So we want to show you a little bit of how it’s done. Trust us, it’s all carved and surfed, there isn’t that sliding around like on a skimmer. You just aren’t able to slide sideways with 27 square inches (or whatever they are combined) of fin depth below the surface. Ok, so here is the slow mo crazy clown music snippet.

For our mobile enabled friends, if the embed above didn’t work, here is a link to that snippet.

Did you see it? What becomes the effective length of the board? It’s really just on the tail, isn’t it? Almost all of the work is being done off the area of the board that is just slightly in front of the rear foot. Did you also notice something else? You may have to go back and review the slow mo with the crazy killer clown music. The second half of the rotation James is actually surfing forward, isn’t he? Go check it again. It’s a little clearer on the second rotation. Now just for fun, watch the regular speed video and try and pinpoint the same segment, you can’t tell that James is driving his board forward while revert, can you?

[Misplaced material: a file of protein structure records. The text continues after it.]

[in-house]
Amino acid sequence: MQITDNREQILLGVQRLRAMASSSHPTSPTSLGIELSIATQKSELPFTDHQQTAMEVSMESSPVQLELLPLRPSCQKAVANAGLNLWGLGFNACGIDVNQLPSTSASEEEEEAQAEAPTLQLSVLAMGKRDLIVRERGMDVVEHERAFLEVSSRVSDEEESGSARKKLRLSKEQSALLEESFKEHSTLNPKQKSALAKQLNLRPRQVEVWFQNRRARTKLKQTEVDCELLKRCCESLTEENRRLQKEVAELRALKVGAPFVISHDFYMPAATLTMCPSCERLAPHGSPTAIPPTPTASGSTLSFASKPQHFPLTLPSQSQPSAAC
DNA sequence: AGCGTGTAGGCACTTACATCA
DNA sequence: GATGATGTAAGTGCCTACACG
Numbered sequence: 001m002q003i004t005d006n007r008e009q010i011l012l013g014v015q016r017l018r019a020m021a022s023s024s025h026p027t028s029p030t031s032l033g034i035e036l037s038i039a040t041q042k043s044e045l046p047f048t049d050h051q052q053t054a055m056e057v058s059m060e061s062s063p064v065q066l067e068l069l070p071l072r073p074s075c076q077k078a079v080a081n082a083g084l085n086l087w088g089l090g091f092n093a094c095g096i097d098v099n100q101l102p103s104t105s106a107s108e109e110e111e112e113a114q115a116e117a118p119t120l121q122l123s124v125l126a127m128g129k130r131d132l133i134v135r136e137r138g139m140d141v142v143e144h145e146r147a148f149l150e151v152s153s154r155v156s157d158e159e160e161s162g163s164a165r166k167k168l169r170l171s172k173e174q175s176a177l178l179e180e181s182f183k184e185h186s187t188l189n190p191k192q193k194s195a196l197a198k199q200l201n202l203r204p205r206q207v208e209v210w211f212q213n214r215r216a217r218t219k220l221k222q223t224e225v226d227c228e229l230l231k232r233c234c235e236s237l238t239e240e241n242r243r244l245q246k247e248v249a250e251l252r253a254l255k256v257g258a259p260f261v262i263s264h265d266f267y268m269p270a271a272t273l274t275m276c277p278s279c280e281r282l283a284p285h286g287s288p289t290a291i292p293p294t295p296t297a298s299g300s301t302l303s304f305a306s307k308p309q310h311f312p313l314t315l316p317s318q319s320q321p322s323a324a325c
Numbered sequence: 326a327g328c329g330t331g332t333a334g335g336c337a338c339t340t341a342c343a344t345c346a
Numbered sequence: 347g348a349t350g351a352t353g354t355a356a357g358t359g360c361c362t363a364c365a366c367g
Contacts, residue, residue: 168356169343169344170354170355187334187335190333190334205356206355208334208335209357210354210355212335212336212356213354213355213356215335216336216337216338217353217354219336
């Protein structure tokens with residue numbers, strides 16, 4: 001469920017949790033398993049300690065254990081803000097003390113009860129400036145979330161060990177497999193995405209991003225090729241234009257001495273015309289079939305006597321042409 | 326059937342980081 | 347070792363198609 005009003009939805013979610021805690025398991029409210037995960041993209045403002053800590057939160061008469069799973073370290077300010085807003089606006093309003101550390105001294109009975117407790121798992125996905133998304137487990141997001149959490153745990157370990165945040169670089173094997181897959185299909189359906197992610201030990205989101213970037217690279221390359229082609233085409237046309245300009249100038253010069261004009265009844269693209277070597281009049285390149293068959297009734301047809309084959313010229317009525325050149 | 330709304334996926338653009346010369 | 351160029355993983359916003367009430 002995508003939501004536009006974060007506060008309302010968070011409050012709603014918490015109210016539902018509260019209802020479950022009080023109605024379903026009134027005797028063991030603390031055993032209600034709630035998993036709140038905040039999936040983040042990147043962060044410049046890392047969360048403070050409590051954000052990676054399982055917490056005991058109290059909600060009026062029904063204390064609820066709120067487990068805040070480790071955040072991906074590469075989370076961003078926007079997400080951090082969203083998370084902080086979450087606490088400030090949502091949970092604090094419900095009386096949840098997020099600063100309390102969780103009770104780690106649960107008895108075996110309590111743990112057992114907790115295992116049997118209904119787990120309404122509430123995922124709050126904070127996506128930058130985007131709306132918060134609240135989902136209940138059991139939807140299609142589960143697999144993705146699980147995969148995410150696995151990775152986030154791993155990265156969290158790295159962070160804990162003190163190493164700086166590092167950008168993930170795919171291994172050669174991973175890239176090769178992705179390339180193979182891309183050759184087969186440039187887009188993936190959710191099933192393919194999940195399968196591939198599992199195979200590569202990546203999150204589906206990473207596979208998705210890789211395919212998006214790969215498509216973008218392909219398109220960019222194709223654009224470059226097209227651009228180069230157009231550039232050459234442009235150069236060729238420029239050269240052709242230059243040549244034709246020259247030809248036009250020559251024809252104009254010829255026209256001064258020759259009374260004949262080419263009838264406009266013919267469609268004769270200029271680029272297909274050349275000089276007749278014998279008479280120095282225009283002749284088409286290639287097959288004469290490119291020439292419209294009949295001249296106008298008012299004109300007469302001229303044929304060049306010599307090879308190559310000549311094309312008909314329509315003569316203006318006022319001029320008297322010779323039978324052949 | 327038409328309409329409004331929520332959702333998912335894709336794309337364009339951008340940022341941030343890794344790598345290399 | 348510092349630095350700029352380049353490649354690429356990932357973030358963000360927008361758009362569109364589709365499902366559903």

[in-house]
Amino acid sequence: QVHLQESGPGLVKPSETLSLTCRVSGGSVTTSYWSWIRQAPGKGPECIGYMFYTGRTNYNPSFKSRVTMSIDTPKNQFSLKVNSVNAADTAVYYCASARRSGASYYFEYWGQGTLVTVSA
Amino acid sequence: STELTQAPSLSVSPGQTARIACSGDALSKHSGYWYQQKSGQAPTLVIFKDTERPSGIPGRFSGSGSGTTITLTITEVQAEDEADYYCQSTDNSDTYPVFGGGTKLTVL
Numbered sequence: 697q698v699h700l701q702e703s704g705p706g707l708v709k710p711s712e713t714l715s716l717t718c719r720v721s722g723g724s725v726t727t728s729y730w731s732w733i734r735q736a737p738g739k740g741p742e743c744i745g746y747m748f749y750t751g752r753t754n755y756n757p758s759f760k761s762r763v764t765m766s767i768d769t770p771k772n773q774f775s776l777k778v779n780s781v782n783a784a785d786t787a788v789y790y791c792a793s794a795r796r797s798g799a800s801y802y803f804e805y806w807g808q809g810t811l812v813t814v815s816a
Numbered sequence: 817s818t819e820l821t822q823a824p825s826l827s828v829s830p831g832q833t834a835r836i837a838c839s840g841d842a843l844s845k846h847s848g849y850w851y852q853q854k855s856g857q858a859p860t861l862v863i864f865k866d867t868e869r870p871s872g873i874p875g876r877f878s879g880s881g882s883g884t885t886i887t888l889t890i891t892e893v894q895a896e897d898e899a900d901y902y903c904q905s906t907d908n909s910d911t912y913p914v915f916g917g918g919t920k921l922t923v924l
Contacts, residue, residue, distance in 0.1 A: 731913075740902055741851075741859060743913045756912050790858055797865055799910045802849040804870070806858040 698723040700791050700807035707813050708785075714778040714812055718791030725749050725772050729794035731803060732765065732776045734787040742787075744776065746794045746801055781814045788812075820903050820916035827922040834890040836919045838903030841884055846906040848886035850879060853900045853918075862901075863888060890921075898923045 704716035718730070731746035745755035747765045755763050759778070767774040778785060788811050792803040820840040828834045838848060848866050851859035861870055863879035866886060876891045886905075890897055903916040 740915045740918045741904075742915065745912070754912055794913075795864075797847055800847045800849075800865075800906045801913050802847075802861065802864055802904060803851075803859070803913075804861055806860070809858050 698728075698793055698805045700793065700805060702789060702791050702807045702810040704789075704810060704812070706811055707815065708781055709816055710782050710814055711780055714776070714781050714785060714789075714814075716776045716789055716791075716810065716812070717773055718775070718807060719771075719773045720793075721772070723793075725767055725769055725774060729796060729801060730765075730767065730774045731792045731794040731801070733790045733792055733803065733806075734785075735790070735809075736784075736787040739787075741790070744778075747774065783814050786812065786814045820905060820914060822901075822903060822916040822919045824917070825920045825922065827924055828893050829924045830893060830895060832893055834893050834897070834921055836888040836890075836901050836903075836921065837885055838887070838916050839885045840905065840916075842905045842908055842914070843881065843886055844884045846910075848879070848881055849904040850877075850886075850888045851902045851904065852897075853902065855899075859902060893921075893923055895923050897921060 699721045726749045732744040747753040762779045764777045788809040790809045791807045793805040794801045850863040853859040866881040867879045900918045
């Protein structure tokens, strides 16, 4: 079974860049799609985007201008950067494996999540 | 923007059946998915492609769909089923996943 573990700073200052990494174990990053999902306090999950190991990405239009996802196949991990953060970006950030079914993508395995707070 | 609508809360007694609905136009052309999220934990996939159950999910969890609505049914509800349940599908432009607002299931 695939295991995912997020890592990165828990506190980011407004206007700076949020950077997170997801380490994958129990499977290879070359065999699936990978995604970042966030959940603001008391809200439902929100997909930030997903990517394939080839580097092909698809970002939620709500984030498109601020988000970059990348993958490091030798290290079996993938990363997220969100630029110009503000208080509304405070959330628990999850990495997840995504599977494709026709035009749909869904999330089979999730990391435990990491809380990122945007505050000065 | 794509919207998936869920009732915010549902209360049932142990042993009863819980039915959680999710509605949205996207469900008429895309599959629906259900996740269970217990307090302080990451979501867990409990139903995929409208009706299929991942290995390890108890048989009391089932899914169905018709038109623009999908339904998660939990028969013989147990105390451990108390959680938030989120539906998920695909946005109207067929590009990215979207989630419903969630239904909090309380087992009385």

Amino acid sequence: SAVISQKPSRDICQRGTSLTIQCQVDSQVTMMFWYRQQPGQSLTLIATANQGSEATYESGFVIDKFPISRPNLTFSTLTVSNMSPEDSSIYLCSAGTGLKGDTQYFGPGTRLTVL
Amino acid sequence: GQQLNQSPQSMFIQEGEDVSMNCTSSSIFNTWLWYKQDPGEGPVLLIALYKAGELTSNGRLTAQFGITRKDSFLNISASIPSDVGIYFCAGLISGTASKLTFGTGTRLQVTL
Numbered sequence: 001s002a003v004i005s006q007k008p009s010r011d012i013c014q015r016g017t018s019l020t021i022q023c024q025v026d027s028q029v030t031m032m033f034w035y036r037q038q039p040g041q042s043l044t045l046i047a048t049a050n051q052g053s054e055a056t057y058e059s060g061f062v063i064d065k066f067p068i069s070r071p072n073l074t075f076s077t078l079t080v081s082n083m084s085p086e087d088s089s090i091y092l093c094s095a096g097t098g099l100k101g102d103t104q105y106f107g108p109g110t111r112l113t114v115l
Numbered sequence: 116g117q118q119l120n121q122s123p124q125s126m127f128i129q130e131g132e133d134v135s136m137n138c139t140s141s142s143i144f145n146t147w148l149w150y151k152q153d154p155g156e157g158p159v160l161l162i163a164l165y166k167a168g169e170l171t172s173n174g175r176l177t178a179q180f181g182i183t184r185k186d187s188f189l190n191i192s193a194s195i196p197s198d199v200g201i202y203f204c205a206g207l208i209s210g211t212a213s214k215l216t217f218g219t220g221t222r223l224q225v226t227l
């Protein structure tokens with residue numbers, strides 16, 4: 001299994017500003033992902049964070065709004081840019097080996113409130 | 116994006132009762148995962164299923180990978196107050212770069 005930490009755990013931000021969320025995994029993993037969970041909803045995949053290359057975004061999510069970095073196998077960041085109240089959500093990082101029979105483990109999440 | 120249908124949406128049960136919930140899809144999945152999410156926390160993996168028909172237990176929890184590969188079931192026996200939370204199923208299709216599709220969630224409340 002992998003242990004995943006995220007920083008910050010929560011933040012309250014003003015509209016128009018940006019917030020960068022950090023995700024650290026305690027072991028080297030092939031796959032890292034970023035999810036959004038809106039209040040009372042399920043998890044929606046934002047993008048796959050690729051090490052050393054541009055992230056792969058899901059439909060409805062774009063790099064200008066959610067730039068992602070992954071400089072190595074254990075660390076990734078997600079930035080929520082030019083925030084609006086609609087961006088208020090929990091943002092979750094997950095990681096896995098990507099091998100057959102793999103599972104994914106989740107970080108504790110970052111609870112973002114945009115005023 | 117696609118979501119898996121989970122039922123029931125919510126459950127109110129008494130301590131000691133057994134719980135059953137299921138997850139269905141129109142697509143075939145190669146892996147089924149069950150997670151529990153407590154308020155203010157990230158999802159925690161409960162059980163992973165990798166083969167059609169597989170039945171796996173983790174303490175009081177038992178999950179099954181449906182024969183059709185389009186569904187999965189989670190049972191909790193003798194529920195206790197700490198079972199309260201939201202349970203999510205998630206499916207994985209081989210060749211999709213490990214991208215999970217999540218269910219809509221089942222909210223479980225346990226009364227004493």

It’s magic, plain and simple and every 2015 Flyboy will come with Magic Beans! No that’s not it at all, but that’s pretty interesting isn’t it? Normally when a surf style board is revert, it can sort of fall down the face or stay in trim, but that isn’t what’s happening is it? It’s being driven forward while revert.

You NEED this for YOUR surfing.

Thanks so much for following along, we really appreciate it!

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Apr 02

Off-axis, boned Ollie 3 with a vertical entry

Did you see this short video clip with James Walker on his new concave deck Flyboy? Vertical entry, off-axis and boned Ollie 3.

Here is the crazy entry, it’s in the air, vertical and it’s all wrapped around with the bottom of the board pointed straight at the boat.